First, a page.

30th September

Hardly a day to remember but there were encouraging hints of passage picking up just a little, most notably in the form a decent spread of Chiffchaffs just about everywhere. A Wryneck at Easton was as good as it got in the scarcity line although in this day and age a Turtle Dove at the Bill was of almost the same status. The Chiffchaff tally at the Bill reached a good 50, with plenty more in most areas of cover around the centre of the island; at least new Great Spotted Woodpeckers pitched in at the Bill but, bar the now ubiquitous flocks of off-passage Meadow Pipits, there were no other notable concentrations of grounded migrants. Visible passage of Meadow Pipits, Chaffinches and Siskins got off to a good start in the clear skies after dawn but fizzled out as soon as thick cloud rolled in from the north before mid-morning.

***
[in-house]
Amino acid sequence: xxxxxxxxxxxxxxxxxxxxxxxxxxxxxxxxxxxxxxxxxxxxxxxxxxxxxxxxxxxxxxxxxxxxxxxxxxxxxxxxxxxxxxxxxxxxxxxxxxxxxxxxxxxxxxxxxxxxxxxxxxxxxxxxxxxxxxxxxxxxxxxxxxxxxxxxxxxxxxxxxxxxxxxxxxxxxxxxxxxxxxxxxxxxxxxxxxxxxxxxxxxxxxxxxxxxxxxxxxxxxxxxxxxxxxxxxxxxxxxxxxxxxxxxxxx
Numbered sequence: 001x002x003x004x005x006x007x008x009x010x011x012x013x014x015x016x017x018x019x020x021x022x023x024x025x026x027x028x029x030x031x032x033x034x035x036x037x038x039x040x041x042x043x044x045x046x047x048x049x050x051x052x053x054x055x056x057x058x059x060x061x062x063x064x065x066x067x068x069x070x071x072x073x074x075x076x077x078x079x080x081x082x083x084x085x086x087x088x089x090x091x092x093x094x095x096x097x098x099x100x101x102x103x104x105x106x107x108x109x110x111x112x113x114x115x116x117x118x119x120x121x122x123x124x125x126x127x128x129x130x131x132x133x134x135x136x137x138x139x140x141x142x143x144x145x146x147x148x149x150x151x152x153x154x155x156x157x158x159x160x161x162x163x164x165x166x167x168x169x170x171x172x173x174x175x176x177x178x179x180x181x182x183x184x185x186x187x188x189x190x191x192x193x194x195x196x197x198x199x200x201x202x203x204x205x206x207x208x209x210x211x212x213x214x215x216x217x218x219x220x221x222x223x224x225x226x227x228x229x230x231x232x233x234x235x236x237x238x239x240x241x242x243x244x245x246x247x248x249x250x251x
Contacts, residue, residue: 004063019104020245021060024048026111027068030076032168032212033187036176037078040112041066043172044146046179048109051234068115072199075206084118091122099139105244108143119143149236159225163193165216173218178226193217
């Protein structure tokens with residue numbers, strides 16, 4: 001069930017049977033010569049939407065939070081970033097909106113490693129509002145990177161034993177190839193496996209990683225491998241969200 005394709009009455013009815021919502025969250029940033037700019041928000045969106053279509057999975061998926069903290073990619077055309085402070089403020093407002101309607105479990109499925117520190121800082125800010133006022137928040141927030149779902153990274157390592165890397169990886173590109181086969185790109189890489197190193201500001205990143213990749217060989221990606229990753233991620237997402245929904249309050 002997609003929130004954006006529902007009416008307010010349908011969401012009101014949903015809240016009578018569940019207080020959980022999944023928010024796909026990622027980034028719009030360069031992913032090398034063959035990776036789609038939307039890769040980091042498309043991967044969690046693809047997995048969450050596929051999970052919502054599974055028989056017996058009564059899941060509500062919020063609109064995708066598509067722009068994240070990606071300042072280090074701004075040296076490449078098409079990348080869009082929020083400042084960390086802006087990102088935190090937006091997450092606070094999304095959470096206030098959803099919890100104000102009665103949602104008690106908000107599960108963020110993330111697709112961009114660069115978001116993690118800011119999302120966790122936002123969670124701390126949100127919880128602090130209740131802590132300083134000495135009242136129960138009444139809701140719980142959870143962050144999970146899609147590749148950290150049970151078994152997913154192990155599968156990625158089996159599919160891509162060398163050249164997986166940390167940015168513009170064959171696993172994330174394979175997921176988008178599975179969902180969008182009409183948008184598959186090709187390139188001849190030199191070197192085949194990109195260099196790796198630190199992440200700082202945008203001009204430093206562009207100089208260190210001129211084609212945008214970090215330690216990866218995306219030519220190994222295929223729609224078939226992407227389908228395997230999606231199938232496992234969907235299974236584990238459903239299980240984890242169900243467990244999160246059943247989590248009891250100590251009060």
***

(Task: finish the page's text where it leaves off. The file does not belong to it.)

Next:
Although we're always quick to deride the national news services for putting out reports of the likes of single Black Redstarts and Firecrests from southern coastal headlands - since when have they been even faintly unexpected migrants anywhere other than at places that don't get any birds anyway? - we can certainly understand why every migrant Turtle Dove is now being reported. The writer of these notes dipped this one and still hasn't seen one at Portland this year - his memories of flushing flocks of 50 in Top Fields when he was a kid are also getting hazier by the year © Roger Hewitt: 

Considering the dearth of grounded migrants generally, Spotted Flycatchers have been surprisingly conspicuous at the Obs, albeit only in low numbers; this one was there a couple of days go © Dave Sawyer: